Heterotroph: A Food Column

By Marina Campoy-LoVasco (’23)

It just so happens that of the countless times I have gone to Ima, it’s always been raining. If nothing else, both of Ima’s locations (in Madison Heights and Midtown) have such a welcoming and well curated atmosphere that makes it the first place you want to go when it starts to drizzle outside. What’s better on a rainy day than a big warm bowl of ramen anyways?!

The dishes you are served at Ima are not traditional Japanese food. They are instead Midwestern ingredients approached through the lens of Japanese meals. There’s also a touch of French influence thanks to chef and owner Michael Ransom’s French culinary training at Kendall College. 

I have enjoyed meals in both locations, but I recommend for your first taste of Ima to go to the place where it all started in Midtown. In terms of what to get, go with the ramen. As someone who has made the mistake of choosing the less popular items on the menu thinking I might find a hidden gem, I want to prevent you from following in my footsteps. Ima is well known for its noodles: ramen and udon. Make your selection from that part of the menu, and when you’re served with a steaming broth filled with QQ noodles with a gentle spice that coats the back of your throat, you’ll thank me.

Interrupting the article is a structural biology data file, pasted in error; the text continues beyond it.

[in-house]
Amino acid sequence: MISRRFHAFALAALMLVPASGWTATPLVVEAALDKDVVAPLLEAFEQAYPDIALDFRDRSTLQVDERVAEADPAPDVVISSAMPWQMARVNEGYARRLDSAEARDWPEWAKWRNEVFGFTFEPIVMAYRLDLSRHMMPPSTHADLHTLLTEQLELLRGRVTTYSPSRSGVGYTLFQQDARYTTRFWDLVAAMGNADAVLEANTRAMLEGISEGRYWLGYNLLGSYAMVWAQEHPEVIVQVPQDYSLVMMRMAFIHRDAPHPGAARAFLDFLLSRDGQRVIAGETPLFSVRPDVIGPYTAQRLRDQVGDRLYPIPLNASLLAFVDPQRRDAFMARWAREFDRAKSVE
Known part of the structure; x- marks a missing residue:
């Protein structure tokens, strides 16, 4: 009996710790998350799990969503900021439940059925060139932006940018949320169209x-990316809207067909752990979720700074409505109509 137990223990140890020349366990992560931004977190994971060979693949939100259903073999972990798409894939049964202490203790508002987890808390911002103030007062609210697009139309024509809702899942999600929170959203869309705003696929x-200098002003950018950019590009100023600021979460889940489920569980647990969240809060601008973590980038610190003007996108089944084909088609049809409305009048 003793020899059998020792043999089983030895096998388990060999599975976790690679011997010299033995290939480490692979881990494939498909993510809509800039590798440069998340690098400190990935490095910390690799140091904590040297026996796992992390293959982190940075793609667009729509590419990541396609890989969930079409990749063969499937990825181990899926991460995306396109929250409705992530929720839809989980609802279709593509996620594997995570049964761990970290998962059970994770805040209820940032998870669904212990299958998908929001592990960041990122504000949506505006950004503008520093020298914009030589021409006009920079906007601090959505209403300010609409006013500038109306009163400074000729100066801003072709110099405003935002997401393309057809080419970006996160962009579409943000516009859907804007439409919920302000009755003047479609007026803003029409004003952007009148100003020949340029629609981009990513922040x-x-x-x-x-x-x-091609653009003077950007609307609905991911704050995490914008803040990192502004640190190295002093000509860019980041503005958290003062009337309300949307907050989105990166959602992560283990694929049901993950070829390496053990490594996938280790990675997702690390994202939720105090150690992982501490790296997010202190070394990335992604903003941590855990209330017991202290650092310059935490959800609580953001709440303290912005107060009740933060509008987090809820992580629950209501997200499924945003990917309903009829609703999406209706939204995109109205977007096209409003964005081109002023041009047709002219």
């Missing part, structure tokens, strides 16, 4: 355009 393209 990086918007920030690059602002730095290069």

Unfortunately, the last time I went to Ima in Madison Heights, I didn’t take my own advice and got the Unagi Don. By themselves, each ingredient in the unagi don has great flavor, but the way they were served did not lend themselves to a great development of flavor. Yes, aesthetically the bowl was stunning, each colorful ingredient contrasted against the white rice. The thing was, each ingredient was served in too large of pieces and some in far too great a quantity (I love ginger, but its use is more of a palate cleanser because it is such a dominant flavor). It needed a flavor that could connect each ingredient. I might have added some seaweed: it would have added some saltiness and if cut up small, would appear in every bite. I would also have added more eel sauce, because eventually you only eat plain rice if there is not enough. Overall, the dish had good intentions, it just didn’t follow through with them.

Overall, I’d give Ima 3.5/5 stars. A restaurant where everything on the menu is fabulous is hard to come by, but Ima definitely has some soul-warming plates for rainy days.

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